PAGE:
This Christmas, I choose to be present. It’s taken me awhile to embrace those words.So much grief and sadness surrounded me in years past, making the concept of Christmas a heavy anvil that sat on my chest. Breathing in present felt like a weight of silent pain that I alone carried. My heart was not strong enough to hold all the happiness and heartbreak that comes with being fully present.
Moment by moment we all dance between yesteryear and the chord of now. I’ve spent a lot of time trying to find who I was, the woman of years back and the girl I never let myself know.
Present is growing on me! It feels like an uncanny merit to simply rest in the now.
This season, I’m letting my heart choose to be present in joy. I am learning joy. Circumstances do not rock it’s sheath. It’s a gentleman that stealthily waltzes in, gently guiding life’s dance. Joy bares sobriety and holy hope. And once you meet joy it’s awfully hard to formally let go.
Joy chooses what is true and just. Joy guards our loins so we’re not flabbergasted. Joy steadies our footing for each step of the battle.
Joy isn’t a plastic happiness, it’s an authentic mantra of gratitude.
I absolutely love the scripture, “the joy of the LORD is your strength.” Nehemiah 8:10
Joy is holy strength. It’s not a feel good tune or one hit wonder. God’s lasting joy lingers long after the last of the party guests. Joy is the Spirit whispering in our ear, reminding us that we are not alone.
We all need joy.
Christmas can strike much personal grief and for me there have been a places for that. Through my own recovery I’ve learned God is sovereign during all seasons. Even now as I sit down to write, memories of Christmas past flash back. Many scenes still strike sore places on my heart, signaling a weight of sadness. During the most inopportune days, heaviness of the past seeks to compresses my heart. Yet I feel the Spirit blowing robust wind in my sails, renewing my concept of Christmas.
I’ve grown to see that joy is strength and strength is joy.
For the first time in years, I am ready for a healthy dose of Christmas. I’m anticipating new moments, rustic traditions, time with loved ones, carols, chocolate cake, eggnog, moments of stillness and the bustling busyness.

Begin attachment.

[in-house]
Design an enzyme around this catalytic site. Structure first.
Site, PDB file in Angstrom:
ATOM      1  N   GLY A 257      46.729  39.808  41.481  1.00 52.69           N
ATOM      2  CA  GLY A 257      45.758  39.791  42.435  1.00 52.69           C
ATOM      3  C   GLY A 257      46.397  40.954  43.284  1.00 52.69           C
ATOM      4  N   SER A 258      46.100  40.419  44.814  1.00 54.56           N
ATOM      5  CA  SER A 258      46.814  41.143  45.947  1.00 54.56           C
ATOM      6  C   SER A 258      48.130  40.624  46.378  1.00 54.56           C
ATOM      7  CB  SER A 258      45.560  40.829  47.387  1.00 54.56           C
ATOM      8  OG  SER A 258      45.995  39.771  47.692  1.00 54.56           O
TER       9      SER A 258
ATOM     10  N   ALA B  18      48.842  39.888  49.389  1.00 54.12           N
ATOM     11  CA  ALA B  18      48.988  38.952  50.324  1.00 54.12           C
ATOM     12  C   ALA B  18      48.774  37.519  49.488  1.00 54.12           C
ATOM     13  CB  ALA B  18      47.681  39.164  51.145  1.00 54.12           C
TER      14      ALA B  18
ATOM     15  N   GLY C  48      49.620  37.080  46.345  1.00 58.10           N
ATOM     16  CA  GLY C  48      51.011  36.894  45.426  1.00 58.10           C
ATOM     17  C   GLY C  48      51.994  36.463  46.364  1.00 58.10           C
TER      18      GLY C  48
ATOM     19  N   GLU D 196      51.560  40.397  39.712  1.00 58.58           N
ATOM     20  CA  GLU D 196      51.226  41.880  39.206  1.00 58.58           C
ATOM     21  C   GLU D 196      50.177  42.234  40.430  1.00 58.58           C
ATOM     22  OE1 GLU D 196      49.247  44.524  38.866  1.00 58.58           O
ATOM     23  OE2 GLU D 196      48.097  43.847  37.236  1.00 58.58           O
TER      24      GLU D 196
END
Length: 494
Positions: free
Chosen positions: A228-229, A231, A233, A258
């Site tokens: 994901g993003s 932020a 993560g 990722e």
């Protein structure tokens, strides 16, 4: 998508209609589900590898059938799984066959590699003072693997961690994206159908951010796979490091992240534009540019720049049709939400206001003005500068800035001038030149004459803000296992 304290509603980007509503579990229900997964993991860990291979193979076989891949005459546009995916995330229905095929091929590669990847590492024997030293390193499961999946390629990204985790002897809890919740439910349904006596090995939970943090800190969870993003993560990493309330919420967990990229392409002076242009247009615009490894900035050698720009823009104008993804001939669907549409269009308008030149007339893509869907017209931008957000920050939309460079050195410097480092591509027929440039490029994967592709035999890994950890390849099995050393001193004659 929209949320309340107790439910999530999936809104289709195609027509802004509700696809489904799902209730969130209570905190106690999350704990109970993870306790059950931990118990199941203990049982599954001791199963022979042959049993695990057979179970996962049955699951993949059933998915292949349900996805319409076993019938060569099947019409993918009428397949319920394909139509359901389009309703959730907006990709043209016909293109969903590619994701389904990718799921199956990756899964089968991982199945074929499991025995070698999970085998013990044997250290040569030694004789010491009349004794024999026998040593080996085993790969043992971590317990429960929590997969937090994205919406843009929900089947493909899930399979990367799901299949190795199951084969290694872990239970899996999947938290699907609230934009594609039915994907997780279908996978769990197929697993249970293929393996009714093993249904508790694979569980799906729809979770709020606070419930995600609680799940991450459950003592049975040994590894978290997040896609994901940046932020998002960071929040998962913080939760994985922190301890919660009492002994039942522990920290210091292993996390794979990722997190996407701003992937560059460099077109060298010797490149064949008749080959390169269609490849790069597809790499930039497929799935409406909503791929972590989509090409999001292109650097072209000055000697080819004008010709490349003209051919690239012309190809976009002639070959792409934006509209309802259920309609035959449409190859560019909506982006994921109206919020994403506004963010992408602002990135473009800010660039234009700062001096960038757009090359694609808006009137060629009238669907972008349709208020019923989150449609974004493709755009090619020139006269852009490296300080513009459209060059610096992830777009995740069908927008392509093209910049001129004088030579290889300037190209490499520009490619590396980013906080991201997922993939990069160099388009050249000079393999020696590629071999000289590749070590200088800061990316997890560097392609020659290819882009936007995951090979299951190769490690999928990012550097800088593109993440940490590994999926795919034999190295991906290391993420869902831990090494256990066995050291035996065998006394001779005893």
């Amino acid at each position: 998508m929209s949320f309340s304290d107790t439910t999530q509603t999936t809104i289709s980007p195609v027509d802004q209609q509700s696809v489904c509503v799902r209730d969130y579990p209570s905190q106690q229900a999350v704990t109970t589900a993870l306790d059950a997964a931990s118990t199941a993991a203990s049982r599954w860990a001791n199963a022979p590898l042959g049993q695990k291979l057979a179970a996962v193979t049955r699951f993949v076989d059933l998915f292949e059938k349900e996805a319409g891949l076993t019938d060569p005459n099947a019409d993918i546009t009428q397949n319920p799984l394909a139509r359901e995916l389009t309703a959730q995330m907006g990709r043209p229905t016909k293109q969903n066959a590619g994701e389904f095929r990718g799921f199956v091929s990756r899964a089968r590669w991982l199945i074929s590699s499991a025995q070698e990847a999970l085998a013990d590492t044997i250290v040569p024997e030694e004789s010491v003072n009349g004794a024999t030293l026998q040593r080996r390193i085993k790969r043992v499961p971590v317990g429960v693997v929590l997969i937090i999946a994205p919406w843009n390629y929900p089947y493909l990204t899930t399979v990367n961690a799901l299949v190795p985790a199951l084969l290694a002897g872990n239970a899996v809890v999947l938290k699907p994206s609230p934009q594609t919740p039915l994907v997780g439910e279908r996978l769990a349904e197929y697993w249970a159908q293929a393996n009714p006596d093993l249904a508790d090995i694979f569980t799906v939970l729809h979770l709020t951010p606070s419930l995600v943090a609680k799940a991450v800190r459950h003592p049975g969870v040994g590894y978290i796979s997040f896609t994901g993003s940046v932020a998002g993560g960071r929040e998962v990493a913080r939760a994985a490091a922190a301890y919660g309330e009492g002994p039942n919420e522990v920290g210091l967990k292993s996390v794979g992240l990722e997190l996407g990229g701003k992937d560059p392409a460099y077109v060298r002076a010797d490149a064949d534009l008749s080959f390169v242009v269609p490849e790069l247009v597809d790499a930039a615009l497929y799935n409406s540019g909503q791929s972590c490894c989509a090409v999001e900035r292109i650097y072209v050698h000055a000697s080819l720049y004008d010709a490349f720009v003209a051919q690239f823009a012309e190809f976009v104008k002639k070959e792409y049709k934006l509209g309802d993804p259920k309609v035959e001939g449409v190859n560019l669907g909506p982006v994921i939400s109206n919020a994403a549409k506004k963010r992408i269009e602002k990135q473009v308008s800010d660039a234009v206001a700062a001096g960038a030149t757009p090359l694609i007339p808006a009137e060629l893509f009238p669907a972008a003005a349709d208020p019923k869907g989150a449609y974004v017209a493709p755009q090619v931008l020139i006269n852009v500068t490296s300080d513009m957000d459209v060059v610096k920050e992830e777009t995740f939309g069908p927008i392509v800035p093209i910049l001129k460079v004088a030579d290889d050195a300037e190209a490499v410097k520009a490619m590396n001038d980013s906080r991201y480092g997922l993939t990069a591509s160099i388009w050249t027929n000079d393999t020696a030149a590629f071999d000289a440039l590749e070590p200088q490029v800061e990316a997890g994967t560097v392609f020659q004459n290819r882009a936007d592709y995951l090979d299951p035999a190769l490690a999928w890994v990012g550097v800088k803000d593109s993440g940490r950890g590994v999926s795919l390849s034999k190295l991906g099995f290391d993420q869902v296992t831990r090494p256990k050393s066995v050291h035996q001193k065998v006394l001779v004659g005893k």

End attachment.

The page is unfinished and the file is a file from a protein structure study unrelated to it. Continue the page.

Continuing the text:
Christmas does not need commercialized perfection. There is mess and beauty found at the manger scene. Christmas is never ideal. Our stories are not Hallmark movies and neither were Jesus’.
Take a moment to picture the Nativity. There was no room for pregnant Mary and her husband Joseph in the inn at Bethlehem. Mary had no choice but to birth her first son Jesus in a stable and make his crib a barn yard feeding tray. Instead of a doctor or a midwife, she labored around camels and sheep. Talk about a birth plan not going as planned!
Yet, even in unforeseen circumstances, the joy for Jesus’ birth could not be shattered. God sent angels to summon nearby shepherds to visit the couple and baby Jesus. I believe God brought the shepherds as encouragers to Mary and Joseph, a sign saying you’re not alone. We all need that, especially around Christmas. The inaugural Christmas shows that even in our accidental, broken and dysfunctional Christmas we are not found alone or without capacity for joy.
I love how the nativity scene is a picture of gracious worship. It’s where humanity kisses divine. It’s a keen display of ordinary people living in a less than perfect Christmas. It’s a true image of bona fide jubilation. If you sit with it long enough, you can not shake the image of the original Christmas.
This Christmas I’m choosing to not pine for perfection but to be present in the imperfection. I’m no longer avoiding the mess, I am stepping in. I’m choosing to honor moments of sadness and happiness. Letting my heart know that the joy of the Lord is strong enough to handle reality. I’m ready to embrace my gorgeous rumpled Christmas and I am anticipating my volume of glee to increase.
So with a rejoicing heart, I say, “Welcome Christmas!”
Anna Smith is Co-Founder and Executive Director of Restore One, where she works diligently on their chief project, The Anchor House. The Anchor House will be the first shelter in the nation designed to meet the needs of sex trafficked and sexually exploited American boys. Anna has a resilient passion to see sex trafficking victims experience true healing and restoration. In her spare time, Anna enjoys biking with her husband Chris, reading, cooking, throwing pottery, running and yoga. Learn more about Restore One here.
Loved this Anna. Absolutely beautifully written. I particularly enjoyed this line, “Joy bares sobriety and holy hope.” Yes!
Thank you Bethany for sharing your thoughts and kind words. I’m growing in my own invitation of inviting joy into my heart, as the holidays are right here! May you have a beautiful Christmas season.
Joy is holy strength. Continuing to ponder these words. Wishing you so much joy this Advent season Anna.
Thank you Tracy. Words that I ponder, too. So much richness in the process of growing into joy. 🙂 Merry Christmas dear friend!
Joy has been elusive in my life and heart through the years. This year has been one of joy discovery, and your words have defined it with stunning imagery to help me become more Intimately acquainted: “Joy bares sobriety and holy hope. And once you meet joy it’s awfully hard to formally let go. Joy chooses what is true and just. Joy guards our loins so we’re not flabbergasted. Joy steadies our footing for each step of the battle. Joy isn’t a plastic happiness, it’s an authentic mantra of gratitude.” Thank you! Beautiful.
Susan I’m learning so much about joy during this season, as well. It’s a sweet and solemn dance. I’m learning how joy and mourning are not disentangled from one another’s bow but they exist together. There I’ve found joy’s holy strength to be real and lasting. I’m thankful for you sharing about your season and that Present in Joy blessed you. Merry Christmas friend!